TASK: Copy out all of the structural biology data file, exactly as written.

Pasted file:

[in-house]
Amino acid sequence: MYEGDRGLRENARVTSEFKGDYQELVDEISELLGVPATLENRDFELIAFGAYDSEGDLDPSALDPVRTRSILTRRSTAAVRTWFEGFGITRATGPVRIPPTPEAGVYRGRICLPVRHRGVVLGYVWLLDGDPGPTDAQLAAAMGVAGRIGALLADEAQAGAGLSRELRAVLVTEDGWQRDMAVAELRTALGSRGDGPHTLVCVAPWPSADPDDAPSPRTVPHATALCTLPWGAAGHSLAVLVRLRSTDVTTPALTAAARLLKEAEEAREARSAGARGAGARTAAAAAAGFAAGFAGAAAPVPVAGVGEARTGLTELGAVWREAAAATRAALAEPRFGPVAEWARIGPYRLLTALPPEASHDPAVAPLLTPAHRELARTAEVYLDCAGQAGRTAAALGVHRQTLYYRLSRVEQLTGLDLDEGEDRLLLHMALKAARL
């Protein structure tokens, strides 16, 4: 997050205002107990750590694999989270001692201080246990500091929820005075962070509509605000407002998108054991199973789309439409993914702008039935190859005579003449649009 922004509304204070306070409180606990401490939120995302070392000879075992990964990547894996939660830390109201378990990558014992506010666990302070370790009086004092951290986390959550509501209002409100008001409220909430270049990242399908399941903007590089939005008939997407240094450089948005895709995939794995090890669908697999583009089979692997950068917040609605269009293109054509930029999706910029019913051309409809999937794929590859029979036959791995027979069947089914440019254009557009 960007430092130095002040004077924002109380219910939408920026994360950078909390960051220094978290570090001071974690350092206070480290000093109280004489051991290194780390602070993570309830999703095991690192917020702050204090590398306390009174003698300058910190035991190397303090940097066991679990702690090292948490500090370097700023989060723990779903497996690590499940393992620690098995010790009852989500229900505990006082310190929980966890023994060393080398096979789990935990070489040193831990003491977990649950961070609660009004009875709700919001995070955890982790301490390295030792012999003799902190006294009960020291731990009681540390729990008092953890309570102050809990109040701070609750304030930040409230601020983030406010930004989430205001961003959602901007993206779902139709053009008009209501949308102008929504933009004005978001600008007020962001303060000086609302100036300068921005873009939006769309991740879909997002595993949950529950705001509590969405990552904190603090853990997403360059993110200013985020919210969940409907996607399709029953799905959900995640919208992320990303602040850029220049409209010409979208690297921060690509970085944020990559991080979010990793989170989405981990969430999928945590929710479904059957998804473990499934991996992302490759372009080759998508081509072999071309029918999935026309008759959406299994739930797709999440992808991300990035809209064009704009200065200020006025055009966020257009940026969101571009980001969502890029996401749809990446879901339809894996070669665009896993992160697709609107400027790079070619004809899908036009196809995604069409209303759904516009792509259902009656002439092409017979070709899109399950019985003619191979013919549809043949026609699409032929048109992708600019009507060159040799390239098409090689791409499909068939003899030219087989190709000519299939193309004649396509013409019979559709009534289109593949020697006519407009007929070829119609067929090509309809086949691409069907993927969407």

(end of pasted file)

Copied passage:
[in-house]
Amino acid sequence: MYEGDRGLRENARVTSEFKGDYQELVDEISELLGVPATLENRDFELIAFGAYDSEGDLDPSALDPVRTRSILTRRSTAAVRTWFEGFGITRATGPVRIPPTPEAGVYRGRICLPVRHRGVVLGYVWLLDGDPGPTDAQLAAAMGVAGRIGALLADEAQAGAGLSRELRAVLVTEDGWQRDMAVAELRTALGSRGDGPHTLVCVAPWPSADPDDAPSPRTVPHATALCTLPWGAAGHSLAVLVRLRSTDVTTPALTAAARLLKEAEEAREARSAGARGAGARTAAAAAAGFAAGFAGAAAPVPVAGVGEARTGLTELGAVWREAAAATRAALAEPRFGPVAEWARIGPYRLLTALPPEASHDPAVAPLLTPAHRELARTAEVYLDCAGQAGRTAAALGVHRQTLYYRLSRVEQLTGLDLDEGEDRLLLHMALKAARL
């Protein structure tokens, strides 16, 4: 997050205002107990750590694999989270001692201080246990500091929820005075962070509509605000407002998108054991199973789309439409993914702008039935190859005579003449649009 922004509304204070306070409180606990401490939120995302070392000879075992990964990547894996939660830390109201378990990558014992506010666990302070370790009086004092951290986390959550509501209002409100008001409220909430270049990242399908399941903007590089939005008939997407240094450089948005895709995939794995090890669908697999583009089979692997950068917040609605269009293109054509930029999706910029019913051309409809999937794929590859029979036959791995027979069947089914440019254009557009 960007430092130095002040004077924002109380219910939408920026994360950078909390960051220094978290570090001071974690350092206070480290000093109280004489051991290194780390602070993570309830999703095991690192917020702050204090590398306390009174003698300058910190035991190397303090940097066991679990702690090292948490500090370097700023989060723990779903497996690590499940393992620690098995010790009852989500229900505990006082310190929980966890023994060393080398096979789990935990070489040193831990003491977990649950961070609660009004009875709700919001995070955890982790301490390295030792012999003799902190006294009960020291731990009681540390729990008092953890309570102050809990109040701070609750304030930040409230601020983030406010930004989430205001961003959602901007993206779902139709053009008009209501949308102008929504933009004005978001600008007020962001303060000086609302100036300068921005873009939006769309991740879909997002595993949950529950705001509590969405990552904190603090853990997403360059993110200013985020919210969940409907996607399709029953799905959900995640919208992320990303602040850029220049409209010409979208690297921060690509970085944020990559991080979010990793989170989405981990969430999928945590929710479904059957998804473990499934991996992302490759372009080759998508081509072999071309029918999935026309008759959406299994739930797709999440992808991300990035809209064009704009200065200020006025055009966020257009940026969101571009980001969502890029996401749809990446879901339809894996070669665009896993992160697709609107400027790079070619004809899908036009196809995604069409209303759904516009792509259902009656002439092409017979070709899109399950019985003619191979013919549809043949026609699409032929048109992708600019009507060159040799390239098409090689791409499909068939003899030219087989190709000519299939193309004649396509013409019979559709009534289109593949020697006519407009007929070829119609067929090509309809086949691409069907993927969407």